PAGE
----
It's a very sad day in spy-world today. The Prisoner has been released. The Associated Press reports that Patrick McGoohan, star of the classic espionage series Danger Man (known in the U.S. as Secret Agent) and The Prisoner (as well as John Sturges' 1968 film of Ice Station Zebra) has died at the age of 80 following a brief illness.
McGoohan was a true titan of the genre. Along with Patrick Macnee and Roger Moore, he defined it in the early Sixties. Danger Man debuted in 1960, prior to The Avengers, The Saint, The Man From U.N.C.L.E., Mission: Impossible, Dr. No or any of the other big Sixties spy franchises. Thanks to his work in Danger Man, McGoohan was the first actor to become instantly identified with spying, which led to his being considered for both James Bond and Simon Templar when it came to casting those roles. The actor's deep personal faith (he was devoutly Catholic) ended up playing a big part in his career, and it became clear that his aversion to sex and guns on screen would rule him out for either role. Those same personal tastes combined to make John Drake, the titular Secret Agent, a fascinating character in the world of Sixties espionage. Unlike his popular colleagues, Drake rarely carried a gun and never took advantage of the various beautiful women he came across in the course of his career. McGoohan's own moral principals carried over to the character and enhanced it greatly.
While The Prisoner is rightfully regarded as one of the greatest TV series of all time, that distinction causes the show to unfairly eclipse Danger Man, which was a terrific program in its own right. Most of both the initial half-hour series and the subsequent hour-long one was shot in black and white, which seemed appropriate to the stories they told, which were often considerably more grim than those on The Saint or The Avengers. While Drake was undoubtedly a force of good, the lines were more blurred in his world than Simon Templar's.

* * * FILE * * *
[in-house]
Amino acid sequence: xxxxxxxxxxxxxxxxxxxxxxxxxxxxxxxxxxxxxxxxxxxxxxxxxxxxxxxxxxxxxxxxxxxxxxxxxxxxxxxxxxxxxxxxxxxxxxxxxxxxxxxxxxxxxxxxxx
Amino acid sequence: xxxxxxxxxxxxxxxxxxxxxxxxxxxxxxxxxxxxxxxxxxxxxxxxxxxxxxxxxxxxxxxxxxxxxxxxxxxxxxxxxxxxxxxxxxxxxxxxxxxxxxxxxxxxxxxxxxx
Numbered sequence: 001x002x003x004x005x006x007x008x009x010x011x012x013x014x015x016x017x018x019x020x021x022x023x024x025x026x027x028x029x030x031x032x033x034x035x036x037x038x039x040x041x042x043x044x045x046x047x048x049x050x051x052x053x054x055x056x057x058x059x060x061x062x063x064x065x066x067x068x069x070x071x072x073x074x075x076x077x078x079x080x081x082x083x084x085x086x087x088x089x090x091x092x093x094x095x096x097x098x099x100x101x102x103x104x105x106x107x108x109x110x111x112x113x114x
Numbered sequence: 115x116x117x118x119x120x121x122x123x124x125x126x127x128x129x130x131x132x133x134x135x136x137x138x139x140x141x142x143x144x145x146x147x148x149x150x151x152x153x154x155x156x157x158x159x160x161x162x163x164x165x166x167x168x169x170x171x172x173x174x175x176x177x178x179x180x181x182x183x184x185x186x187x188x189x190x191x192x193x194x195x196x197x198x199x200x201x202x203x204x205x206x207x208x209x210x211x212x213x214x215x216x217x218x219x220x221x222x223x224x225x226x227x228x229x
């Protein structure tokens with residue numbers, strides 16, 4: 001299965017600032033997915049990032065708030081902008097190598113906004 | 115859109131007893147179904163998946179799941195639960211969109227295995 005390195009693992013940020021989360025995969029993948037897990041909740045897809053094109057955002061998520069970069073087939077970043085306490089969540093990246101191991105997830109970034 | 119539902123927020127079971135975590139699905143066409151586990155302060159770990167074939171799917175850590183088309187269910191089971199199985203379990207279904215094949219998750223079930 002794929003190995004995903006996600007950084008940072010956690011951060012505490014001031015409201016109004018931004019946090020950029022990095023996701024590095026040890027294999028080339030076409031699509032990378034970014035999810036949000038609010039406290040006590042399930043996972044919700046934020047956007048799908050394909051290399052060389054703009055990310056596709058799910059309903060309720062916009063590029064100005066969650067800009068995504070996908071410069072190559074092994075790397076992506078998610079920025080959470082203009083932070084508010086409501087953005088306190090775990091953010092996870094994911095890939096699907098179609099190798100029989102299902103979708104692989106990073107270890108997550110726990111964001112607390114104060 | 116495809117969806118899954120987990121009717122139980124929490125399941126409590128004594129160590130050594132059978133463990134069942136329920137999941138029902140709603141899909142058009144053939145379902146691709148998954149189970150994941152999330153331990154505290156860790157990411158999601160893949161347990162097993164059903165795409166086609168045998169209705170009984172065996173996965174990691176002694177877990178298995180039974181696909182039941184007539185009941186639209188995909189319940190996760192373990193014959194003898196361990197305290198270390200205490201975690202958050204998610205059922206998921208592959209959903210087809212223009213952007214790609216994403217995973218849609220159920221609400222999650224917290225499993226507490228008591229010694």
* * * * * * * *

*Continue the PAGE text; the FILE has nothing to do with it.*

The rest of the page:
McGoohan was never content to stay in front of the camera. After directing a few episodes of Danger Man, he went on to be the primary creative force behind the mind-bending The Prisoner, writing and directing many episodes (including the finale, "Fallout," which is as good a TV episode as we're ever likely to see) as well as starring. The Prisoner transcended its spy genre, not only in that it adopted some more sci-fi conventions, but more importantly in that it addressed serious themes of freedom (both personal and civic) and the role of the individual in society. The series is a masterpiece, and McGoohan will always be remembered for it. But that was by no means the entirety of the man's accomplishments.
Whether he was Number 6, John Drake or the Scarecrow of Romney Marsh, Patrick McGoohan brought a glowering intensity to every role he played. He's arresting on screen. You can't take your eyes off him. He combines a piercing gaze with a unique enunciation and carefully punctuated delivery to take absolute command of every scene he's in. That's why it was impossible to break the Prisoner. And that's why Patrick McGoohan will never be forgotten.
But he sure will be missed.